What Are You Showing Your Audience? The 3 Visuals You Need to Know More about

Using visual aids in your presentation can be tricky. Maybe you have too many or maybe not enough. Or maybe the few you include are just . . . bleh.

To avoid using the wrong picture or video, here are a few lists to help you use cartoons, images, and videos better.

Cartoons

We all know pictures are worth a thousand words. And that’s part of the reason why we love them in presentations.

But are those words the right one thousand words?

Figuring out the answer to that question requires understanding the role of the picture. In their article “Speaking Visually: Eight Roles Pictures Play in Presentation,” Robert Lane and Andre Vicek break down the uses of images in presentations. Keep in mind: these uses are not created equal; some are better than others.

Drawing your own cartoon allows you to tailor the message to perfectly fit your presentation.

Cartoons are funny, and people usually like them. But they’re not in the audience to see Dilbert.

Get to the point and get to it quick.

You don’t need an icebreaker. You are the icebreaker. So break that ice with confidence.

Like anything in your presentation, humor needs to be drafted and reviewed. Make sure it fits.

Cartoons are great; they’re especially great when they’re relevant (think Calvin & Hobbes in a child psychology class), quickly understood, and not first.

Images

We all know pictures are worth a thousand words. And that’s part of the reason why we love them in presentations.

But are those words the right one thousand words?

Figuring out the answer to that question requires understanding the role of the picture. In their article “Speaking Visually: Eight Roles Pictures Play in Presentation,” Robert Lane and Andre Vicek break down the uses of images in presentations. Keep in mind: these uses are not created equal; some are better than others.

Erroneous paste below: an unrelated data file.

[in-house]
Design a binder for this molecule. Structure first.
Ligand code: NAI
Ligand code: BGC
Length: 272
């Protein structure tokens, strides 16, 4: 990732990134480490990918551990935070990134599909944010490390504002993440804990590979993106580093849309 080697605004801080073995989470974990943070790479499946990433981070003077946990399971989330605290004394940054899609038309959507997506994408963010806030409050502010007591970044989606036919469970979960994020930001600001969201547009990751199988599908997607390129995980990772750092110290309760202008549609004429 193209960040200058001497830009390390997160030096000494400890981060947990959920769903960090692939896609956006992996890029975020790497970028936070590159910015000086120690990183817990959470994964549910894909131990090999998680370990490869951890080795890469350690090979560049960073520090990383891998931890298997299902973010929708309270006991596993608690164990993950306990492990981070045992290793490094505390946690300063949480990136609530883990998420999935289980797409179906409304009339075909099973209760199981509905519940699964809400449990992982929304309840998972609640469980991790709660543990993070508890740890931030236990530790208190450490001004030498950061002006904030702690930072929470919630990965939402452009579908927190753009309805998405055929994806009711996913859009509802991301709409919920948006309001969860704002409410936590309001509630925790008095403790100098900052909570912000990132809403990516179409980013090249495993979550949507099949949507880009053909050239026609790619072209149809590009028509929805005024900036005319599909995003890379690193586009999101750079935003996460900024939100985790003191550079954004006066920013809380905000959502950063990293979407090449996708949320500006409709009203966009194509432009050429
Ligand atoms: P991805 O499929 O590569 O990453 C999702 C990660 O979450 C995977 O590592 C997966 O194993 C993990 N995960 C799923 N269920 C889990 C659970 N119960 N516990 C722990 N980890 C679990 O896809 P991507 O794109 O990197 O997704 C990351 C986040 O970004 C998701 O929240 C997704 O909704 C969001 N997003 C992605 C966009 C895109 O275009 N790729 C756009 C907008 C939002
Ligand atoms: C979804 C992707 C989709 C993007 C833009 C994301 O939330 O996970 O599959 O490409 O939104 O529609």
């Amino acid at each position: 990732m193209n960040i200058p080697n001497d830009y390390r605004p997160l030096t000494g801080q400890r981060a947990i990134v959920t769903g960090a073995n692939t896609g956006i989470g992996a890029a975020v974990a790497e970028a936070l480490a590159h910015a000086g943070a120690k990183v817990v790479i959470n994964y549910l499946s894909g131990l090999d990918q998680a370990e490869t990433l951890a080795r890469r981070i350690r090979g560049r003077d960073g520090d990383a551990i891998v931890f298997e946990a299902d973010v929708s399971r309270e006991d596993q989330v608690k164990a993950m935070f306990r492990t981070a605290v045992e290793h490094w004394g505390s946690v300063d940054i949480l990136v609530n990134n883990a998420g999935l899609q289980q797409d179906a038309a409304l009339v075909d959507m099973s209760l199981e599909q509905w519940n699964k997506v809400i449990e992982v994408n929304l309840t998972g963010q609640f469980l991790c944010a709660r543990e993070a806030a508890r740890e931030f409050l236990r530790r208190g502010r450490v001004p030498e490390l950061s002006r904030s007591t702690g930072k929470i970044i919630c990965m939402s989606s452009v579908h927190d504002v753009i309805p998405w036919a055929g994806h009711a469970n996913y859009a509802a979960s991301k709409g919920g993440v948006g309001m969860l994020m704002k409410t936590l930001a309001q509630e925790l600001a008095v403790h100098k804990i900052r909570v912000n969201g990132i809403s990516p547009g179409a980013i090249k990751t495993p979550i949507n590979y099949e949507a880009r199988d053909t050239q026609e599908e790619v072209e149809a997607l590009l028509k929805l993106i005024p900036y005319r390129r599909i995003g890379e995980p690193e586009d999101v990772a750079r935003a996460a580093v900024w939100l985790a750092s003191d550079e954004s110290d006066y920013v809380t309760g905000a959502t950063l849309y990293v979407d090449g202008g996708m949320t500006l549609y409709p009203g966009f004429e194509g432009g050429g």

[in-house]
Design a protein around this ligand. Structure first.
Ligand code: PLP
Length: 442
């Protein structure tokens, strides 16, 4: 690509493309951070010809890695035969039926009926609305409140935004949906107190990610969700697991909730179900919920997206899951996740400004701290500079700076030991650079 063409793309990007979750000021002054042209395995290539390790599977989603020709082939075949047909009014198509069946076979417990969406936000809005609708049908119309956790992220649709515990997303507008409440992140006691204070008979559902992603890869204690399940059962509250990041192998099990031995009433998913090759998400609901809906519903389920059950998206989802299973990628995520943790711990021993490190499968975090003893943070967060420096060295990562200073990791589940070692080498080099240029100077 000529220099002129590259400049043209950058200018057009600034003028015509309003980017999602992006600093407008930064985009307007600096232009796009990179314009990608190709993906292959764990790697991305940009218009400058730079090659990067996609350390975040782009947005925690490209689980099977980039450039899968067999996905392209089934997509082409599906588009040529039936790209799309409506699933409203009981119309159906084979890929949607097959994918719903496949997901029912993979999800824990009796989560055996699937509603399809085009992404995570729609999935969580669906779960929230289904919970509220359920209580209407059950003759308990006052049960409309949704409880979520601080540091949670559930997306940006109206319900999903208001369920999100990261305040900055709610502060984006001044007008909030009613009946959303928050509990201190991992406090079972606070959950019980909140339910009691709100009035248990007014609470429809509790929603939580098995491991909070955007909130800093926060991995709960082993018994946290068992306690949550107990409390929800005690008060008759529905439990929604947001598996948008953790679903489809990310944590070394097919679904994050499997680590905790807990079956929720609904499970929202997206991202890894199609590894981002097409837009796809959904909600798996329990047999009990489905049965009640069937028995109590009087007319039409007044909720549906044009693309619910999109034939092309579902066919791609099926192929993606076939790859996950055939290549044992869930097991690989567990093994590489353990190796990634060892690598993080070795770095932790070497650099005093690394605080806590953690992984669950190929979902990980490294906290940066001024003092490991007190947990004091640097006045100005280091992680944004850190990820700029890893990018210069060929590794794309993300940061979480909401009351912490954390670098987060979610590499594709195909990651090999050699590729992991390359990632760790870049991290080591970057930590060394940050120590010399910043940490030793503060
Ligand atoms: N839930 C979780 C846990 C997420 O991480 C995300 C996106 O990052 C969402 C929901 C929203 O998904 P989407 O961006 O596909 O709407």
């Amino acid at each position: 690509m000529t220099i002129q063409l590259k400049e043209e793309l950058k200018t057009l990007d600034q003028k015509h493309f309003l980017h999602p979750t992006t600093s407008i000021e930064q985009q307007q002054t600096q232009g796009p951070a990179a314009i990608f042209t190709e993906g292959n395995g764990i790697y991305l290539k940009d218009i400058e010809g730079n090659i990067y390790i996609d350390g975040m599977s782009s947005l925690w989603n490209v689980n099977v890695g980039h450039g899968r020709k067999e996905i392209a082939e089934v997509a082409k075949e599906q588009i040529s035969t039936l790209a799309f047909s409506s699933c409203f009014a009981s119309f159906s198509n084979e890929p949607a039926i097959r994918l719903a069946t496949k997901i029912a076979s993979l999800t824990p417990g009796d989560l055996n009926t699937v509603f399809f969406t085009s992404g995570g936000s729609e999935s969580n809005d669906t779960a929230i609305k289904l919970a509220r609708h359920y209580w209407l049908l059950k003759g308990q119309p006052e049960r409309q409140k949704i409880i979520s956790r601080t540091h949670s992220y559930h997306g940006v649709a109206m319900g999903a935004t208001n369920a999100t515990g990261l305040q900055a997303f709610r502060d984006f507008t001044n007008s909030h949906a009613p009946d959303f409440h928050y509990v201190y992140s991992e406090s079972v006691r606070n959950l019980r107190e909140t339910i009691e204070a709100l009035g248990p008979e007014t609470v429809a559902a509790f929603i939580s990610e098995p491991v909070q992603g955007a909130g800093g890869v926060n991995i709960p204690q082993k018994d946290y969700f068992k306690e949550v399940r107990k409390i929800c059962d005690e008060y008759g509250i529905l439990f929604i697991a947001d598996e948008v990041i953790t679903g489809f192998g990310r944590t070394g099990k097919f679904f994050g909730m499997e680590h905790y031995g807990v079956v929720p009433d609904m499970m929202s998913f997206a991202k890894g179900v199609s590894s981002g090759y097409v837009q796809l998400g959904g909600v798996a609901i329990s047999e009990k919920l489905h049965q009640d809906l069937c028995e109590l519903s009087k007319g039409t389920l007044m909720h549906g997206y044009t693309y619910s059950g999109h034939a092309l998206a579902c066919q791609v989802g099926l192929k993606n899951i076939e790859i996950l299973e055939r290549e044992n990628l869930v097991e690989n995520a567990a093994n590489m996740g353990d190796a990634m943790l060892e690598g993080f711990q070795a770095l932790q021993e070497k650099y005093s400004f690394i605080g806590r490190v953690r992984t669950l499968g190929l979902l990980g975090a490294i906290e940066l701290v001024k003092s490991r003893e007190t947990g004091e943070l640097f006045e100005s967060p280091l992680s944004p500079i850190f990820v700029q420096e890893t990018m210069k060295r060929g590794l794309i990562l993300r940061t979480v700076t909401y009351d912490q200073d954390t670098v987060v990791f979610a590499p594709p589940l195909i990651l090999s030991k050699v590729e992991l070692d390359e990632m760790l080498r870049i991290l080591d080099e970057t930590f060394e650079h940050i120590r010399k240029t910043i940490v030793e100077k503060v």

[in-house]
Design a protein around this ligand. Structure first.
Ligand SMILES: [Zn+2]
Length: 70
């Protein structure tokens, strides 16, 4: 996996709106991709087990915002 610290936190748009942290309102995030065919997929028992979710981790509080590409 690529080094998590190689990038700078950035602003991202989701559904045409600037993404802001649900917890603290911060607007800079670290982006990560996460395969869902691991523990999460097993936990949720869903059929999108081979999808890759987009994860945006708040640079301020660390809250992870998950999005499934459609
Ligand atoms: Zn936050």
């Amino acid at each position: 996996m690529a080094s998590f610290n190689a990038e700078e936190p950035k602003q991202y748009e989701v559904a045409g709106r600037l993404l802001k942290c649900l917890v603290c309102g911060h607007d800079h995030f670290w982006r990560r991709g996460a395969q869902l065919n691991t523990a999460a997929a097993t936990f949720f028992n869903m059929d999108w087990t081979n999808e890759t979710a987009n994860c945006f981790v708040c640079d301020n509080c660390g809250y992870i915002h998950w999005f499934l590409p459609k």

You can tell if a picture is decorative if the message doesn’t change when the picture is removed. “Decorative pictures essentially are visual fluff.”

Images that offer background or that ground an abstract idea are images that provide context.

A little twist on the common adage: show while you tell.

When your audience sees (not reads) your content, they learn it quicker.

There isn’t a quicker way to show similarities and differences than two images side by side.

Using pictures for analogies helps “clarify something unknown” with something known.

Use pictures to tell a story or simplify a process.

Know your pictures and know what kind of work they’re doing—the perfect image meaningfully adds to your presentation. And if they aren’t doing their part, cut ‘em loose.

Videos

I can’t talk about cartoons and pictures without talking about moving pictures. (That’s what the young people call them these days, right?)

If pictures are worth a thousand words, videos are worth a billion.

Lisa B. Marshall from Quick and Dirty Tips walks us through 6 tips to maximize the effectiveness of video in your presentations
(“How to Use Video in a Presentation“).

Remember who is presenting. You are. Not the video. And the “video should never deliver your primary message.”

Get the customer on the screen. Videos of customer testimonials lend a lot of credibility to your claims.

Show; don’t tell. When you need to explain a behavior, rather than describing it, show it through a video.Video simplifies complex processes. Like showing and not telling, videos of complex processes are easier to understand than a presenter rambling about how space and time are part of the same continuum.

Video simplifies complex processes. Like showing and not telling, videos of complex processes are easier to understand than a presenter rambling about how space and time are part of the same continuum.

Experts are a must. In addition to customer testimonials, videos of experts also increase your credibility.

Keep it short. Relative to your presentation, videos need to be short. Remember, you’re the one on stage presenting, not the video.

Video is a nice way to convey a message. Consider using it next time in your presentation. But make sure to go through the checklist to make sure the video is doing all you need it to.

Using cartoons, pictures, and videos to boost your presentation is a great idea and a very effective means of demonstrating a point or conveying a message to your audience.

Just remember to do it right.

Want more awesomeness like this? Try 9 Reasons Why Delivery is King over Content or subscribe to Drop the Mic, our communication newsletter.

Print Friendly, PDF & Email

Previous

Next